After an evening working out at LA Fitness, Robert Palinkas was walking back to his gym locker when a flurry of motion caught his eye. A group of people had gathered around a man lying horizontal on the ground. From the panicked looks on their faces, Palinkas could tell that something was wrong. They said, ‘We need a doctor,’ and I said, ‘Well, I’ve got that.’ That’s my passion - for medical care.”
It’s a fitting attitude for Northwestern’s new Executive Director of Health Service. Previously serving as the director of Health Services at University of Illinois Urbana-Champaign, Dr. Palinkas came to Northwestern in January of 2017 with almost sixteen years of experience in college health services. Before that, Dr.
Palinkas was a medical administrator, but was drawn to college health because of a number of factors. “There is no school that prepares one for college health,” Dr. Palinkas laughed. “But I was attracted to college health because number one, it’s a lot of fun to work with a younger population. It’s a very intelligent population, so it’s always fun to have that kind of interaction with your patients.” He added, “I also have an interest in infectious diseases, and that’s a strong component of public health that you have to consider when you’re running a health services.”
Despite his personal interest, Dr. Palinkas’ passion has always focused on his patients, and his work as an administrator is another way to consider the impact of campus public health on individual patients. His role as executive director requires attention to all areas of health services, not just patient services.
Northwestern’s health services are a component of Student Affairs, and while it does a bit of research, their main function in Student Affairs is direct patient care. “We have to be careful to spend nearly all of our time on patient care,” Dr. Palinkas said. “While Northwestern as a large entity is heavily into research, that’s the academic side. We at Student Affairs are more on the supportive side, so our main mission is student care. We currently have a number of projects, but research won’t be a big focus of mine.”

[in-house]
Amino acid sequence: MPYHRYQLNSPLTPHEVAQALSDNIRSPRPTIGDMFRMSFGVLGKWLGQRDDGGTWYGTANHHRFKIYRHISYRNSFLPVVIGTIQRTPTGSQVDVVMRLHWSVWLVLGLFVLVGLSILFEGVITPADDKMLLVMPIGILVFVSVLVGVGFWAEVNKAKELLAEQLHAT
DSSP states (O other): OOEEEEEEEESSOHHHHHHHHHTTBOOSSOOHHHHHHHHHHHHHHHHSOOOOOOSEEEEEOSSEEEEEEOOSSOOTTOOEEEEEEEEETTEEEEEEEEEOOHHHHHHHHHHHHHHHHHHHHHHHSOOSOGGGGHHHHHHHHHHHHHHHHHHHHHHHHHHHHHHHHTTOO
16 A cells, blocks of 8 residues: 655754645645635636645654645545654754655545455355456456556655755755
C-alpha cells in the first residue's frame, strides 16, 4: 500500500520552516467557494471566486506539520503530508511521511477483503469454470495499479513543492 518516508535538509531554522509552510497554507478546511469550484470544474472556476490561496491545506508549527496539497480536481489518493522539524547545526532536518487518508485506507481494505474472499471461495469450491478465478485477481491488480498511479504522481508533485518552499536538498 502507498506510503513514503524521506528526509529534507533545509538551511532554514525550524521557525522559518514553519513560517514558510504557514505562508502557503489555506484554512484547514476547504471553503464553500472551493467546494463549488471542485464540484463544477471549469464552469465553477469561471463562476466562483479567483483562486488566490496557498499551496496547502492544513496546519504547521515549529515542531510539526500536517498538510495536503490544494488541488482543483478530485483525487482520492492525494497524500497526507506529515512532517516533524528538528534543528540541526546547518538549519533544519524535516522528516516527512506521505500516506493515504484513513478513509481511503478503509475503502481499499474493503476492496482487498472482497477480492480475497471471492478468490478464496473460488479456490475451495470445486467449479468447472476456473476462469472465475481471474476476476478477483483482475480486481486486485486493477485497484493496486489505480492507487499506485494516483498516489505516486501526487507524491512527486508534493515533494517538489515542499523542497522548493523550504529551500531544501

Meetings with financial advisors, nurses, Health Promotion and Wellness representatives, and insurance stakeholders all keep Dr. Palinkas busy throughout the day. These play a crucial part in tailoring Northwestern’s health service to what students need. Northwestern’s medical practices need to fit with the insurance plan, and that requires meetings looking ahead to the next plan.
Still, Dr. Palinkas has no intention of relinquishing the relationship between patients and doctors. Right now, Dr. Palinkas is working on developing what’s called a Student Health Advisory Committee (SHAC). SHAC is a group of students and Health Services administrators who discuss student concerns and needs in regards to Northwestern’s Health Services as well as suggestions for improvement. Dr. Palinkas will spend some time working on the patient care side to get more familiar with the processes and be able to take on some of the electronic health record methods for providing health care. “I think part of it is just going to be interaction with the individual patients that might come here,” Dr. Palinkas explained. “The other part is interaction with groups of students like SHAC.”
These long-term plans will directly affect students as Dr. Palinkas is also looking into expanding insurance plans for students. “We want to grow the health service, make sure that, if we can, we acquire a bigger portfolio of benefits for students,” he said. “We’re looking at travel consultation and other things that can be of value to the campus as it starts taking on a stronger global mission. More people need medical focus here, and that’ll probably be my main thrust.” Luckily, doing that is what Dr. Palinkas loves. “How do you devise quality systems for good medical care?” Dr. Palinkas asked cheerfully. “Finding the answer to that - that’s what gets me going every day.”